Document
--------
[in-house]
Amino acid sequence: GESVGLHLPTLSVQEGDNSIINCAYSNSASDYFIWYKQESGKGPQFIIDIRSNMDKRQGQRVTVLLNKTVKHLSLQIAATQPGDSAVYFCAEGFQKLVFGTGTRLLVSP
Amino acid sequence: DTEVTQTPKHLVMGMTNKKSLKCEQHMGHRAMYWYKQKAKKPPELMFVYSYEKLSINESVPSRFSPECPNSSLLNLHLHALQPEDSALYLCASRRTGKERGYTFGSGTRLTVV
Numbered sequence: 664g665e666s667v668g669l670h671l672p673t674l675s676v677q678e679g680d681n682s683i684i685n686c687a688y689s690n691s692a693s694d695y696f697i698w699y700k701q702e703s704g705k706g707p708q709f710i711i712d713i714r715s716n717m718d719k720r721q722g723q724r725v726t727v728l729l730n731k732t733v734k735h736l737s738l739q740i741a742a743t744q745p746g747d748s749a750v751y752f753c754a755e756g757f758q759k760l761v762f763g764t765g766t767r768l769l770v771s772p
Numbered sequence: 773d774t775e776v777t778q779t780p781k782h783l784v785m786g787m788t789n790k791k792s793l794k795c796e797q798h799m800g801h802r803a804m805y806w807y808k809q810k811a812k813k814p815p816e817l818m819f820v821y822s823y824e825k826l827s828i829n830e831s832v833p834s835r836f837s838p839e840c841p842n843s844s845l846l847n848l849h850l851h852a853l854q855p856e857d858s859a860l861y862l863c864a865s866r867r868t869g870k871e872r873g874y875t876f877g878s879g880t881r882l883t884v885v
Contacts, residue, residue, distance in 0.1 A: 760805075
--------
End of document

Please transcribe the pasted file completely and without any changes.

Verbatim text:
[in-house]
Amino acid sequence: GESVGLHLPTLSVQEGDNSIINCAYSNSASDYFIWYKQESGKGPQFIIDIRSNMDKRQGQRVTVLLNKTVKHLSLQIAATQPGDSAVYFCAEGFQKLVFGTGTRLLVSP
Amino acid sequence: DTEVTQTPKHLVMGMTNKKSLKCEQHMGHRAMYWYKQKAKKPPELMFVYSYEKLSINESVPSRFSPECPNSSLLNLHLHALQPEDSALYLCASRRTGKERGYTFGSGTRLTVV
Numbered sequence: 664g665e666s667v668g669l670h671l672p673t674l675s676v677q678e679g680d681n682s683i684i685n686c687a688y689s690n691s692a693s694d695y696f697i698w699y700k701q702e703s704g705k706g707p708q709f710i711i712d713i714r715s716n717m718d719k720r721q722g723q724r725v726t727v728l729l730n731k732t733v734k735h736l737s738l739q740i741a742a743t744q745p746g747d748s749a750v751y752f753c754a755e756g757f758q759k760l761v762f763g764t765g766t767r768l769l770v771s772p
Numbered sequence: 773d774t775e776v777t778q779t780p781k782h783l784v785m786g787m788t789n790k791k792s793l794k795c796e797q798h799m800g801h802r803a804m805y806w807y808k809q810k811a812k813k814p815p816e817l818m819f820v821y822s823y824e825k826l827s828i829n830e831s832v833p834s835r836f837s838p839e840c841p842n843s844s845l846l847n848l849h850l851h852a853l854q855p856e857d858s859a860l861y862l863c864a865s866r867r868t869g870k871e872r873g874y875t876f877g878s879g880t881r882l883t884v885v
Contacts, residue, residue, distance in 0.1 A: 760805075